Thank you for the information!

She believed in nothing; only her skepticism kept her from being an atheist. -- Jean-Paul Sartre

by ATinNM on Tue Oct 7th, 2008 at 01:52:47 AM EST
Thanks very much for this.
I would be interested in a bit more about what led to the Norwegian crisis in the first place, (and the rest) with an obvious interest in comparisons to (and lessons that might be learned about) the present-day debacle.
 

Capitalism searches out the darkest corners of human potential, and mainlines them.
by geezer in Paris (risico at wanadoo(flypoop)fr) on Tue Oct 7th, 2008 at 05:13:06 AM EST
The article has a whole chapter on the reasons for the boom. Deregulation is singled out as the main culprit. Neither bank managers or the public were used to a free market for financial services, since the whole financial sector had been thoroughly controlled through a corporatist system since the second world war.

The bubble was made worse by the fact that at the same time as the deregulation, there was also significant cuts in the control agencies, which led to a lack of public oversight.

So there are some similarities.

Most of the banking crisis in Norway was handled by the remains of the corporatist system thought, which is probably why the final cost for tax payers were so much lower in Norway compared to Sweden and especially Finland. That is, the bank guarantee funds took care of most of the collapsing banks.

But if you are interested the linked article is an easy and informative read.

by Trond Ove on Tue Oct 7th, 2008 at 03:02:35 PM EST
[ Parent ]
Trond Ove:
The article has a whole chapter on the reasons for the boom. Deregulation is singled out as the main culprit. Neither bank managers or the public were used to a free market for financial services, since the whole financial sector had been thoroughly controlled through a corporatist system since the second world war.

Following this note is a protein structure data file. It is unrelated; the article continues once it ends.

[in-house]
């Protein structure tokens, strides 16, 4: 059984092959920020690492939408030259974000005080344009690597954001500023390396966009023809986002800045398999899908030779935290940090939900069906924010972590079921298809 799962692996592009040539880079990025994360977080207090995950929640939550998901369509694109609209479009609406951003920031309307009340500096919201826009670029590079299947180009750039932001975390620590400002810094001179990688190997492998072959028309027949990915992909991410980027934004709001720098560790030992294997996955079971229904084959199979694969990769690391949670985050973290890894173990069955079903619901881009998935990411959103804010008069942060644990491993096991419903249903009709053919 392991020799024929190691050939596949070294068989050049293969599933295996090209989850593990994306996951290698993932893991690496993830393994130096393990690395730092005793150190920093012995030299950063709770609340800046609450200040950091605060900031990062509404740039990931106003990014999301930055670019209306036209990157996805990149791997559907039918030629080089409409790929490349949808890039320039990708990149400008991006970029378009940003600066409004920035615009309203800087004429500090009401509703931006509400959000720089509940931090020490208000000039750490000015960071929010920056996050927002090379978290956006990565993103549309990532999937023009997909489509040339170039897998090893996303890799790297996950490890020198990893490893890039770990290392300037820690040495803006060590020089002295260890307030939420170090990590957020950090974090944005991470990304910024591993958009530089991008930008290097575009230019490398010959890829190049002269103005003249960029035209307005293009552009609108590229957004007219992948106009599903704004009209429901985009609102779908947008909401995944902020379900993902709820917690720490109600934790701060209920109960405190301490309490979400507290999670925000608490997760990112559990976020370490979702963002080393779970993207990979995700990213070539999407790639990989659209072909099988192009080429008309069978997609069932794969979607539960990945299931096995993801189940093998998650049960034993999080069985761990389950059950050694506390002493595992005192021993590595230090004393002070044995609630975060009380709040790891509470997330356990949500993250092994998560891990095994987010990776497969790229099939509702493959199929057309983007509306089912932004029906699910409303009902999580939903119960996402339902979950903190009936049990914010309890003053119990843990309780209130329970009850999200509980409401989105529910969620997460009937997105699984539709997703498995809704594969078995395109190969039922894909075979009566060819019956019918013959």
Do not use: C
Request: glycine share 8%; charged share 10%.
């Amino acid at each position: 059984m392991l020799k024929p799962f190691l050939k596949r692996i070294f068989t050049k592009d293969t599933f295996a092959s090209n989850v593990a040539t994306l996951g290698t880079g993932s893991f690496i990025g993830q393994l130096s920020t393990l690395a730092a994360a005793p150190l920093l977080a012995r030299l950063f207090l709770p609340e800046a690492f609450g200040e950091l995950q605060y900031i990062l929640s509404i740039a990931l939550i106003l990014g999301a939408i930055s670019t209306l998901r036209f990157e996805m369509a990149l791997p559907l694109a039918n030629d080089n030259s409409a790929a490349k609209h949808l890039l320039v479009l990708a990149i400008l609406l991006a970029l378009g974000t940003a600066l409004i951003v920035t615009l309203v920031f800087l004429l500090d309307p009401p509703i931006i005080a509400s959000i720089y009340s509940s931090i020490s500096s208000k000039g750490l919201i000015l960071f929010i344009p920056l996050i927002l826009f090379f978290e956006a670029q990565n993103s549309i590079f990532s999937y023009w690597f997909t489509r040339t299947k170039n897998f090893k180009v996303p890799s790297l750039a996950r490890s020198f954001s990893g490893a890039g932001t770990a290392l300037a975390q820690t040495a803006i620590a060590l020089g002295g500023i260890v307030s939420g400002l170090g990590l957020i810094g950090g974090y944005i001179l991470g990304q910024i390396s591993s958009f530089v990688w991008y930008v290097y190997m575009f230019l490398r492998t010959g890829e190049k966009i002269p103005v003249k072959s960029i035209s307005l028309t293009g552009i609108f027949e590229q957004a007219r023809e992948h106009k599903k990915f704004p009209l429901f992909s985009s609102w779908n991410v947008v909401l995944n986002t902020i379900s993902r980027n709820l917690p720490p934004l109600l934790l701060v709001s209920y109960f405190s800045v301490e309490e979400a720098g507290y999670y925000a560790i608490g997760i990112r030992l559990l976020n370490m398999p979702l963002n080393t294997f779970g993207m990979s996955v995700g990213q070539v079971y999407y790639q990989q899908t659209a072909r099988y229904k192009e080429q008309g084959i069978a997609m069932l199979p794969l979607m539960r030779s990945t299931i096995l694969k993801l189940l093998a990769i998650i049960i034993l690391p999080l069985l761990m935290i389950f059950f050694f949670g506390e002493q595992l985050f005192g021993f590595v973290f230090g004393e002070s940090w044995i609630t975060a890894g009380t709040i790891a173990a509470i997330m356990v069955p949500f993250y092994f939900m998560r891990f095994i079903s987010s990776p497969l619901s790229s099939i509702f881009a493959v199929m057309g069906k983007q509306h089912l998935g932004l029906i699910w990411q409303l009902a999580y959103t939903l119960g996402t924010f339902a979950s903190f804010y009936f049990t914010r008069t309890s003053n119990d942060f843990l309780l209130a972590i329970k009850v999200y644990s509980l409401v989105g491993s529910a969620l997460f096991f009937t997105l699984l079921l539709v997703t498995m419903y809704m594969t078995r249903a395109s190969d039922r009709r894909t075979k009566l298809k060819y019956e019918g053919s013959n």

So true...I remember well that 'everybody' went 'mad'...bankers included.  There were stories of people leaving banks with plastic bags full of cash...euforia set in! Ordinary people could borrow money all of a sudden, and they did...      

by Solveig (link2ageataol.com) on Tue Oct 7th, 2008 at 03:27:36 PM EST
[ Parent ]
I read an interview with a middle aged man a few years back. He was still paying off a Porsche he bought with borrowed money in the mid 1980s. He was 18 years old, had no job and no savings at the time.
by Trond Ove on Tue Oct 7th, 2008 at 03:33:41 PM EST
[ Parent ]
On Jeromes nationalistion-thread I wrote:

A swedish kind of death:

The best description I have found is from swedish wikipedia. The article is not very good (it appears to lean heavily on one source and lacks proper sourcing) but I will translate the key part anyway as it illustrates the mix of actions taken. Unfortunately I lack the sources to improve it.